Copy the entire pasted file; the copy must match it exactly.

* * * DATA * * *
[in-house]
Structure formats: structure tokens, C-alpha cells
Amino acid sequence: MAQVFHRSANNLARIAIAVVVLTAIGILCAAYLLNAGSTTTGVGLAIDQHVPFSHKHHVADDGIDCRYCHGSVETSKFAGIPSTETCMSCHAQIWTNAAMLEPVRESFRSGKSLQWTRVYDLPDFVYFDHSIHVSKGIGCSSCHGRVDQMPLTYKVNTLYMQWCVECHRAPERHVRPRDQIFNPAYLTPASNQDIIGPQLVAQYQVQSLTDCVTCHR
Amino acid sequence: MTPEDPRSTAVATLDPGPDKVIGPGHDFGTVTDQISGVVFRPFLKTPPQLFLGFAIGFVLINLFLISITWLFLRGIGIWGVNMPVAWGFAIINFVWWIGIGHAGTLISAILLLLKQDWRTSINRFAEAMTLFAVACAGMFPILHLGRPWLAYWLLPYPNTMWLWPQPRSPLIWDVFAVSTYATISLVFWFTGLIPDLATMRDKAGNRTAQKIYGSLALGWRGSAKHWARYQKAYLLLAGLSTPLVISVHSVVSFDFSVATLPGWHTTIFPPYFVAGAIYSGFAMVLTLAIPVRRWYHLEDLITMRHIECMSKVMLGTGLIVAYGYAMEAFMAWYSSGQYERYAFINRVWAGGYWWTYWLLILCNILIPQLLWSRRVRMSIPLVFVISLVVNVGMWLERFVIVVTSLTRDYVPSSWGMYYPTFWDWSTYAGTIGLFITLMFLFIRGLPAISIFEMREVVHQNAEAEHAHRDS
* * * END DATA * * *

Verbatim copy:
[in-house]
Structure formats: structure tokens, C-alpha cells
Amino acid sequence: MAQVFHRSANNLARIAIAVVVLTAIGILCAAYLLNAGSTTTGVGLAIDQHVPFSHKHHVADDGIDCRYCHGSVETSKFAGIPSTETCMSCHAQIWTNAAMLEPVRESFRSGKSLQWTRVYDLPDFVYFDHSIHVSKGIGCSSCHGRVDQMPLTYKVNTLYMQWCVECHRAPERHVRPRDQIFNPAYLTPASNQDIIGPQLVAQYQVQSLTDCVTCHR
Amino acid sequence: MTPEDPRSTAVATLDPGPDKVIGPGHDFGTVTDQISGVVFRPFLKTPPQLFLGFAIGFVLINLFLISITWLFLRGIGIWGVNMPVAWGFAIINFVWWIGIGHAGTLISAILLLLKQDWRTSINRFAEAMTLFAVACAGMFPILHLGRPWLAYWLLPYPNTMWLWPQPRSPLIWDVFAVSTYATISLVFWFTGLIPDLATMRDKAGNRTAQKIYGSLALGWRGSAKHWARYQKAYLLLAGLSTPLVISVHSVVSFDFSVATLPGWHTTIFPPYFVAGAIYSGFAMVLTLAIPVRRWYHLEDLITMRHIECMSKVMLGTGLIVAYGYAMEAFMAWYSSGQYERYAFINRVWAGGYWWTYWLLILCNILIPQLLWSRRVRMSIPLVFVISLVVNVGMWLERFVIVVTSLTRDYVPSSWGMYYPTFWDWSTYAGTIGLFITLMFLFIRGLPAISIFEMREVVHQNAEAEHAHRDS